I have a couple of inflatables. A full-blown Spinlock Deckvest with crotchstraps and everything and a Crewsaver Crewfit 40. Of the 2, the Crewfit is cheaper, easier to put on and off, and more comfortable to wear but it doesn't have crotchstraps. Recent experience has shown me that crotchstraps are pretty important. Most buoyancy aides can easily slip over your head. Much worse if you happen to be unconscious. 

But the recent talks of inflatables failing to inflate and their need to be maintained has soured me to them. Look, I have enough stuff that needs to be maintained. But a buoyancy aide that costs more to service than my car... this rubs me the wrong way.

So I started testing thick foam vests. Good and bad points of the few I've worn. I don't think any of them have crotchstraps.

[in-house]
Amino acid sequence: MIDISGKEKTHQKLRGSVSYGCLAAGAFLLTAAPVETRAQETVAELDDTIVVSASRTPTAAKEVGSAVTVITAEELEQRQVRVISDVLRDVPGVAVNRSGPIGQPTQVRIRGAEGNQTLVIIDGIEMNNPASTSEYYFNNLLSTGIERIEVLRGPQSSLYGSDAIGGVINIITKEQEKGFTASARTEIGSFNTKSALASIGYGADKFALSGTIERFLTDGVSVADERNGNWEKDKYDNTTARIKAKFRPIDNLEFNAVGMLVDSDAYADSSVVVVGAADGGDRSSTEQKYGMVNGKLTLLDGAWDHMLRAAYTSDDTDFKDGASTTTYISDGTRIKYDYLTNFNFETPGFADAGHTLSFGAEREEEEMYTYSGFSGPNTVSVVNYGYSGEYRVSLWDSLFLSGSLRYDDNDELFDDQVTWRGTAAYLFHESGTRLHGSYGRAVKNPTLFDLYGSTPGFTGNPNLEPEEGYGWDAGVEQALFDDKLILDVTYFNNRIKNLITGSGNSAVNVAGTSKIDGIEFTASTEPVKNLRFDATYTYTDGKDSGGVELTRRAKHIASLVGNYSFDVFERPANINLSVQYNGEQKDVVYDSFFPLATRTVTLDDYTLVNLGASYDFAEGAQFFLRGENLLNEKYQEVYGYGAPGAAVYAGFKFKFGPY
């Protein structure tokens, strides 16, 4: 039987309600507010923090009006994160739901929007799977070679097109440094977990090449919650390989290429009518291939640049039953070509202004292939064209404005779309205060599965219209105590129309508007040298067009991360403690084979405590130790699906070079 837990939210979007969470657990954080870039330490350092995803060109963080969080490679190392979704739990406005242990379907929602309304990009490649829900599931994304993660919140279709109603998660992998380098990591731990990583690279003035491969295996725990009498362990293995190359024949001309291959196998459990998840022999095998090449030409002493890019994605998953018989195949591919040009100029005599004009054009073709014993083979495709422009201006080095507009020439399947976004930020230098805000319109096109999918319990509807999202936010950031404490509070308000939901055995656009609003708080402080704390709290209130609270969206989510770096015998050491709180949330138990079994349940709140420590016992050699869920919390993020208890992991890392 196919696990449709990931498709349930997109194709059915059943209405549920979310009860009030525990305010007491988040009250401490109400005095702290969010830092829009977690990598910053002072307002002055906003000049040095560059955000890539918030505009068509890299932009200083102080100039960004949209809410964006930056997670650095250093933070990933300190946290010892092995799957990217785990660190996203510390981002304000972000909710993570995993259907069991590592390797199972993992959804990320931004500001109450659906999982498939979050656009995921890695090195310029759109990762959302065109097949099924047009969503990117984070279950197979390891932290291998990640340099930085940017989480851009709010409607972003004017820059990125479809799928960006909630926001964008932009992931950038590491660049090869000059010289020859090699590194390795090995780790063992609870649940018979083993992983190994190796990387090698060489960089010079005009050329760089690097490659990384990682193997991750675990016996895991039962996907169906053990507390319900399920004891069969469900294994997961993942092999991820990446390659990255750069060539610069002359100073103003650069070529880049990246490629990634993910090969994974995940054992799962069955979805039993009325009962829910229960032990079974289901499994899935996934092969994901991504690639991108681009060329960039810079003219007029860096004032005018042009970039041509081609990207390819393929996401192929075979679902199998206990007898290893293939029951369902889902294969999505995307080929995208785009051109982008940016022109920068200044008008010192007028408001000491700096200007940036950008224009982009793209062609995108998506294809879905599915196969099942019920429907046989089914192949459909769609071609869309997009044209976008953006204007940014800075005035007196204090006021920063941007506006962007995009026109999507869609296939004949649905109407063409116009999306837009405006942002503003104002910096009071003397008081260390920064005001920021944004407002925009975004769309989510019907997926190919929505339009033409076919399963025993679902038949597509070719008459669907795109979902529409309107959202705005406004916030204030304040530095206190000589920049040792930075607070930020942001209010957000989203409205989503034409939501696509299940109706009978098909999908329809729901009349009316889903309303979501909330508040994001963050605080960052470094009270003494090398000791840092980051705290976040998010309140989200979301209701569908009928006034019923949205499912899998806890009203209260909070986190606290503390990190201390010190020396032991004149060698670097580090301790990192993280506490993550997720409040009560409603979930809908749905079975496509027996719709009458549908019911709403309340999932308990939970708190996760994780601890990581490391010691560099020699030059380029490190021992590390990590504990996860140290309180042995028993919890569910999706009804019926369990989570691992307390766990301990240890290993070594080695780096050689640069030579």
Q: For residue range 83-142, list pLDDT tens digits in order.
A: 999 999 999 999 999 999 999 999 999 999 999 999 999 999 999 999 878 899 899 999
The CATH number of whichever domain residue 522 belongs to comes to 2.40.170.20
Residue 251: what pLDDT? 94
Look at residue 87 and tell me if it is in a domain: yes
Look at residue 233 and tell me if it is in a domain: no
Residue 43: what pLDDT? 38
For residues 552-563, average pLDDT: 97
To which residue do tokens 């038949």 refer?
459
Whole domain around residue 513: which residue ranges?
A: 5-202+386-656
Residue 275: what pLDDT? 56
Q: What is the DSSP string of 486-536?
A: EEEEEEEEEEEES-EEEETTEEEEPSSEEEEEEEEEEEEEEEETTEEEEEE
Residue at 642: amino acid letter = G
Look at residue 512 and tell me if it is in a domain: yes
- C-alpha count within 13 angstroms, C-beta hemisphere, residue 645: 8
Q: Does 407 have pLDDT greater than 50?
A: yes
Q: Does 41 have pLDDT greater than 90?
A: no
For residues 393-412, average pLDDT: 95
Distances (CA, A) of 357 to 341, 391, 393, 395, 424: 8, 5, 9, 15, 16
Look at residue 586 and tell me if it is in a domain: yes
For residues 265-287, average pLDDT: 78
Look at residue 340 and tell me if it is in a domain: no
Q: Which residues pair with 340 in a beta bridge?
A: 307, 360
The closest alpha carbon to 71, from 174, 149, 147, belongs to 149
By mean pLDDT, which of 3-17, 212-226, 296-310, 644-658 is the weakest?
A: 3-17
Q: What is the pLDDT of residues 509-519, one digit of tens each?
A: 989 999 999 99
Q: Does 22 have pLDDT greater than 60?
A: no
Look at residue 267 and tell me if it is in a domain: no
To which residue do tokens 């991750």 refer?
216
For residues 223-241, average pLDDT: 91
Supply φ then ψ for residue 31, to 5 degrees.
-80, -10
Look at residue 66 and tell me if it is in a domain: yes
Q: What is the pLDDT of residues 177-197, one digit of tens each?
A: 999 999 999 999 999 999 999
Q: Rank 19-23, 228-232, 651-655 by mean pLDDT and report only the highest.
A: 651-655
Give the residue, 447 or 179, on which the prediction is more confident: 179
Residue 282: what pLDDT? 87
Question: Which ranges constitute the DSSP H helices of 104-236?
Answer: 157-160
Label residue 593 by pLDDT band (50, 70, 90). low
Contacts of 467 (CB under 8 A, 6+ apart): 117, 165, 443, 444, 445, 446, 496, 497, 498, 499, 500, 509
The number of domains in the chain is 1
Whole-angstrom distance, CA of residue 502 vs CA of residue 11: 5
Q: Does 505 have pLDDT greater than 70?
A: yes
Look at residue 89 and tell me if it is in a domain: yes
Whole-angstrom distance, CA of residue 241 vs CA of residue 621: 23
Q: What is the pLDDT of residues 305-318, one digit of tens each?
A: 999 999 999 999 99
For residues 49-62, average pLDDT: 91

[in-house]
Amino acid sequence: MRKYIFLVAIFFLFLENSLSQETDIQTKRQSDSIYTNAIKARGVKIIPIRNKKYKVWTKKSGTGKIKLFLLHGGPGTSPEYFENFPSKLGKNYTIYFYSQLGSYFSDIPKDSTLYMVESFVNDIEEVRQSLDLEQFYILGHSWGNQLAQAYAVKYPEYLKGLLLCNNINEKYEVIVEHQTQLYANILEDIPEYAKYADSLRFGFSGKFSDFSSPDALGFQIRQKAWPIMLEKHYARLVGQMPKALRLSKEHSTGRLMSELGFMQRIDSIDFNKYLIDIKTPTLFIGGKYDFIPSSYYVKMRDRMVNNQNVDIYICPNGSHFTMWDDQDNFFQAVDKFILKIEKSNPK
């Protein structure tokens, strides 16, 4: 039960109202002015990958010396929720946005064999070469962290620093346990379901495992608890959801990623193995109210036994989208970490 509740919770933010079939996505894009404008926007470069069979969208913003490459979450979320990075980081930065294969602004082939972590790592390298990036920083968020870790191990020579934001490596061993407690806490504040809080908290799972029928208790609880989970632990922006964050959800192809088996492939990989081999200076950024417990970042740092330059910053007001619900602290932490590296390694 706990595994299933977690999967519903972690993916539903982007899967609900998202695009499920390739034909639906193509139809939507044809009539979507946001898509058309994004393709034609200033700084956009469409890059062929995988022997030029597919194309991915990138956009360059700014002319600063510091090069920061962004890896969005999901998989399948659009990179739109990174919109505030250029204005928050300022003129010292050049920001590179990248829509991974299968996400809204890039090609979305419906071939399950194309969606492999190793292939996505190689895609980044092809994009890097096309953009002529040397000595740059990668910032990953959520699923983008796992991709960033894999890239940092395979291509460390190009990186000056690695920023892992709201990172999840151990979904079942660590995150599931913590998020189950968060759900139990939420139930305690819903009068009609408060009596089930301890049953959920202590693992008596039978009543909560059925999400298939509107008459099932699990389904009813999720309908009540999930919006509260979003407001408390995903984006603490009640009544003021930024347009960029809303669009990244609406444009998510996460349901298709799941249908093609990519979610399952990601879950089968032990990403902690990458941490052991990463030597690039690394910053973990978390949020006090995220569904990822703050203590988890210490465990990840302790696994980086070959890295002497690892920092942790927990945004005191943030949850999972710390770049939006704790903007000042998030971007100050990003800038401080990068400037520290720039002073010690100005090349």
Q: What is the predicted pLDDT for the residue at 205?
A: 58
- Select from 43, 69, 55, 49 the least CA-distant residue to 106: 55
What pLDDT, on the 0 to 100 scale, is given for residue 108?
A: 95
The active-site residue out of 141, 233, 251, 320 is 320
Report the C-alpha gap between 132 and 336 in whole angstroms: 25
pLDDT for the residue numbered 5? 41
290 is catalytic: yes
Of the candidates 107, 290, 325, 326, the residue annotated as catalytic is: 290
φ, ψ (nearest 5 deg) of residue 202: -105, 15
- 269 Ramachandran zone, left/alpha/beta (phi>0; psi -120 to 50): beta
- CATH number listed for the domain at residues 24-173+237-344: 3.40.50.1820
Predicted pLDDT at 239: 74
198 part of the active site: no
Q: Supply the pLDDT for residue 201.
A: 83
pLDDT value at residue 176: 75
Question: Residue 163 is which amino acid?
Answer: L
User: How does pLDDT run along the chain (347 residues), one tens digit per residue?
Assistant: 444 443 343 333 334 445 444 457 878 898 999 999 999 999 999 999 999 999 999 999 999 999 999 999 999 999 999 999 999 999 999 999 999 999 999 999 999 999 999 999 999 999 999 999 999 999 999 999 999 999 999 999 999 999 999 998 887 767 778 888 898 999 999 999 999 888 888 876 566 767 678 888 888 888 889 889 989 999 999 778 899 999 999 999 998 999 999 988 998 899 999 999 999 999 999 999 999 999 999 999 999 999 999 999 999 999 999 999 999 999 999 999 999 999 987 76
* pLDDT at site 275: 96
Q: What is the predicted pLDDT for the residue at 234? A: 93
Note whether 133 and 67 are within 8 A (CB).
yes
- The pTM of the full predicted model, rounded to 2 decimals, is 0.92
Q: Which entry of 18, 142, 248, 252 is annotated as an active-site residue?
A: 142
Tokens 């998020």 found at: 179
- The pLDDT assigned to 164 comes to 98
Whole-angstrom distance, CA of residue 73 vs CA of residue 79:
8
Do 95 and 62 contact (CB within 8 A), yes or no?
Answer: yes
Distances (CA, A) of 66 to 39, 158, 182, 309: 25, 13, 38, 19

The vest I'm grabbing the most now is illegal, of course, in the USA. I really enjoy the Salus Coastal-Keelboat vest SL-550, made in Canada and approved by Dept of Transport Canada and conforms to CAN/CGSB-65.11-M88 (whatever that means.) It's feature are the built-in harness (2-inch-wide webbing and large D-rings) which is removable or the D-rings can be secured out of the way if not being used, draining large zippered slash pockets with the zipper protected from snagging, fleece-lined hand-warmer pockets, extra pouch for radio and/or water, that 4-sided patch for mounting stuff to, and a flexible attachment point for other stuff. This vest was discussed in Gear Anarchy. I do not have the leg straps but I see they are available (LS-550) so I'll buy some. Leg straps are a pain to put on and off, but when things get wild, I think they are very much worth the hassle. This vest is comfortable and versatile.

What kind of car are you driving?

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My 2 cents, I wouldn't wear an inflatable. Too many "ifs" . Works great if maintained correctly, keeps you afloat if it inflates, can't swim or maneuver that well if inflated.